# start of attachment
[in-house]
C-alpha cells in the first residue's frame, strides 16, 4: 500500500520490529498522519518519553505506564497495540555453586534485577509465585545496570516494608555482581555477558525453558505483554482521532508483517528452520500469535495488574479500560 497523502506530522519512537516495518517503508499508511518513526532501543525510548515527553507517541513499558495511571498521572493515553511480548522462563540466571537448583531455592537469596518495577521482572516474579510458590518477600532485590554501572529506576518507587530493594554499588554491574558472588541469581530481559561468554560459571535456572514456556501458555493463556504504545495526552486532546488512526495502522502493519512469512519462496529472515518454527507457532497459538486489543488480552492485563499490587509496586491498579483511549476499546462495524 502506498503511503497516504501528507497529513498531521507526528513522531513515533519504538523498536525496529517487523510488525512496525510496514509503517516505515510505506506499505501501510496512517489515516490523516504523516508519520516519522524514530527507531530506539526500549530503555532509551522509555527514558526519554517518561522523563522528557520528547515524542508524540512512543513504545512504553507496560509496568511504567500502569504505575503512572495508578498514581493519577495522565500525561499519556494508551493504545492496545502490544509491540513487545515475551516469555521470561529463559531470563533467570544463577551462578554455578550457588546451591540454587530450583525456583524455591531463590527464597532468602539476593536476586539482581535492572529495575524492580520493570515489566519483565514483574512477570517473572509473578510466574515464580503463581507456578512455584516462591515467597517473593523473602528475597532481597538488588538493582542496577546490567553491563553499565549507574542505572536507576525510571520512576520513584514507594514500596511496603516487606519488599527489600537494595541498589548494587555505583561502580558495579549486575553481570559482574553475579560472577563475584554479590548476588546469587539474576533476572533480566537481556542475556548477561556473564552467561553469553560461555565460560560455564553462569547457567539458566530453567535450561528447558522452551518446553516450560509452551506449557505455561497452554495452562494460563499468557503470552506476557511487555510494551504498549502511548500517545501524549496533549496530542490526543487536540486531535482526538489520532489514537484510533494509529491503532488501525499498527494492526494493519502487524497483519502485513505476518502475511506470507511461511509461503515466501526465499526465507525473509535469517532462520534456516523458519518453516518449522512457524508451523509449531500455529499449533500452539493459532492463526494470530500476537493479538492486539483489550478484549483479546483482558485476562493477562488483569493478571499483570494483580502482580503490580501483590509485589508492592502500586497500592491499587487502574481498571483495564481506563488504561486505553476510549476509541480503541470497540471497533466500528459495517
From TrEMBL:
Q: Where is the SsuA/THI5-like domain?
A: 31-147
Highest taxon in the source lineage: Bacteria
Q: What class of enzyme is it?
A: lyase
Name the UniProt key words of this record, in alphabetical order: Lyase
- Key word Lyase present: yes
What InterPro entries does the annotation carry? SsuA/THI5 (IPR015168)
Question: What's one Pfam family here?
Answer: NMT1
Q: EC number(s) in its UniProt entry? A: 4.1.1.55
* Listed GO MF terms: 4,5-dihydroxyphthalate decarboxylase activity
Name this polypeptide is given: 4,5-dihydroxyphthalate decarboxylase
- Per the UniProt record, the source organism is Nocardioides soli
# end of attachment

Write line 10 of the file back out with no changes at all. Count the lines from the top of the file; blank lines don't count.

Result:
- Key word Lyase present: yes